2016 hasn’t been a fantastic reading year for me. I don’t know why. Lots of books I read were just *fine*… not bad, but not remarkably good either. However, I did find a handful of books that stood out amid the ones that didn’t really register, so here we go. None of them were perfect in the same way that I found Gilead, Lonesome Dove, and Gaudy Night perfect last year, but that doesn’t mean that they weren’t still great. I didn’t actually review any of these books here, so it’s nice to have an opportunity to bring them up.


  • Midnight Never Come by Marie Brennan
    Part of the reason this post is going up at the last possible minute is that I was trying to finish this so it could be included. I picked up Midnight Never Come, honestly, because it had a beautiful cover and I was raiding the library for books to take with me over Christmas. It turned out to be outstanding. This high fantasy novel tells the story of a sixteenth-century London in which Elizabeth’s political affairs are tangled up with those of a faerie court below the city, ruled over by a cruel queen, Invidiana. The story is thoroughly compelling and fascinating, and the worldbuilding is incredible. Even though I don’t have a very visual imagination, I could see both the Tudor court and the Onyx court below very clearly in my mind’s eye. The story does take a turn for the dark and weird towards the end, but I think it was still one of my favourite books of the year.


  • The Expendable Man by Dorothy B Hughes
    I talked about this a bit in my Reading Bingo post, but I wanted to mention it again here. If you like tense thrillers along the lines of Brighton Rock, I recommend this enthusiastically. It’s difficult to even introduce the plot without including spoilers, but really it’s an incredible book that I can’t praise highly enough.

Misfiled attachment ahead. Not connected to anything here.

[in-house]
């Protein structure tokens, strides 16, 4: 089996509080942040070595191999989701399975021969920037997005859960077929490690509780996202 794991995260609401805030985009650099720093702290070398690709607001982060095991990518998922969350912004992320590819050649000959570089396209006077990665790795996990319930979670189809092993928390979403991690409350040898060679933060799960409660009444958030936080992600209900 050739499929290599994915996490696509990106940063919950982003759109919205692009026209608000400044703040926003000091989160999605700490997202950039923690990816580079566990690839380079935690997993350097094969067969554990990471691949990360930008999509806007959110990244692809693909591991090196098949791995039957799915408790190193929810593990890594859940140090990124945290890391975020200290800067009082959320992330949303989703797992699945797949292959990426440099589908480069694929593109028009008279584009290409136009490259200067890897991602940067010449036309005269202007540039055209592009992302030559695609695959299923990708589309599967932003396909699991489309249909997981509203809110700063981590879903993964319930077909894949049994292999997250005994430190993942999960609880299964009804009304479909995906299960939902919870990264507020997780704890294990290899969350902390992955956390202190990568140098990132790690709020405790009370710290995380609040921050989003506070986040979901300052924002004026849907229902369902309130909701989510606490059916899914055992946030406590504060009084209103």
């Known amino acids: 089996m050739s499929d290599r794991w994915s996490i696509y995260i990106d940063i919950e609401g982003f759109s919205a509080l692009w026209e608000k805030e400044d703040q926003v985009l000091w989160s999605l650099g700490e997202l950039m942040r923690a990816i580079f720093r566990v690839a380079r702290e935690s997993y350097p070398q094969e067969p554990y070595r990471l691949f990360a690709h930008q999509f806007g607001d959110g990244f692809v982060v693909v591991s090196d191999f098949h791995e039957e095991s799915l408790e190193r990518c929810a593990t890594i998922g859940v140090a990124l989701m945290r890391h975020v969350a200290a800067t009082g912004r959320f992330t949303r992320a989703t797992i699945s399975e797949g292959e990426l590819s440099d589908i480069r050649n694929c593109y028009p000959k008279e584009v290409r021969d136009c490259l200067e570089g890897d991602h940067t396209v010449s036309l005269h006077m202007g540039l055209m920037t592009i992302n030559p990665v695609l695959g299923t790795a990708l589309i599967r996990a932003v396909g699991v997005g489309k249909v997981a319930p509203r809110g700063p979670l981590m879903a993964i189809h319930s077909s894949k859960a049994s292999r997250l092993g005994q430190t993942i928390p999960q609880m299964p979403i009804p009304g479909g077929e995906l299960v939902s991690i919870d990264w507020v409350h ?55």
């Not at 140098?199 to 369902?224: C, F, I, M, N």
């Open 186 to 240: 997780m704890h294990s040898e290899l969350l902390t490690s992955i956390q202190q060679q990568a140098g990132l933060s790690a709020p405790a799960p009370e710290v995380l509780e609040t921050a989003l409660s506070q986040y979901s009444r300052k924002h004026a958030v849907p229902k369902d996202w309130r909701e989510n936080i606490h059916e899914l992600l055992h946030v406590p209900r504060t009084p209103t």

• The Edge of Sadness by Edwin O’Connor
    This is such a beautifully written novel. It includes many things that I love reading about, like non-romantic friendships between men and women, meditations on God’s love, and general decrying of rogue landlords. It explores the nature of loneliness, the frailty of humans, and the grace associated with redemption. As with Gilead, I don’t think you have to be a Christian to enjoy this, but it definitely encouraged me in my faith. It’s probably the best book I read all year.


  • The Ballroom by Anna Hope
    Every now and then, I see lists of things people were deemed insane for a hundred years ago making the rounds on Twitter. It tends to be presented in an “isn’t this sad but also ridiculous and even funny with hindsight” sort of context. The Ballroom explores the truth beneath that list, showing what life was like for people who were in any different to the norm back then, as well as exploring the way in. It is incredibly haunting and sad, and, again, beautifully written. I wasn’t a huge fan of the final pages of the novel, but I see the purpose behind the ending.


  • Something Fresh by PG Wodehouse
    Despite the fact that I absolutely love Wodehouse, I’d never investigated the Blandings books until this year. I was put off by the BBC mini-series starring Timothy Spall, which made the whole thing look far less intelligently written than the Jeeves books. I only picked it up because I’d read so many mediocre books in succession, and I knew PG Wodehouse would cheer me up. As it turns out, this was every bit as good as the Jeeves books, and made me laugh a lot on public transport. I always love Wodehouse, but this also had a lot of excellent women refusing to be patronised by men and frankly besting them at every turn. Frankly, PG Wodehouse was a lot better at writing women in 1915 than many men writing 100 years later. This was as joyful as anyone could wish for.

(I’m not going to do a “did I meet my goals?” post, because my primary stated goal was to finish my PhD, and I didn’t do that, and it’s too depressing).

Here’s hoping for a better reading year next year (and maybe I’ll even finish my PhD).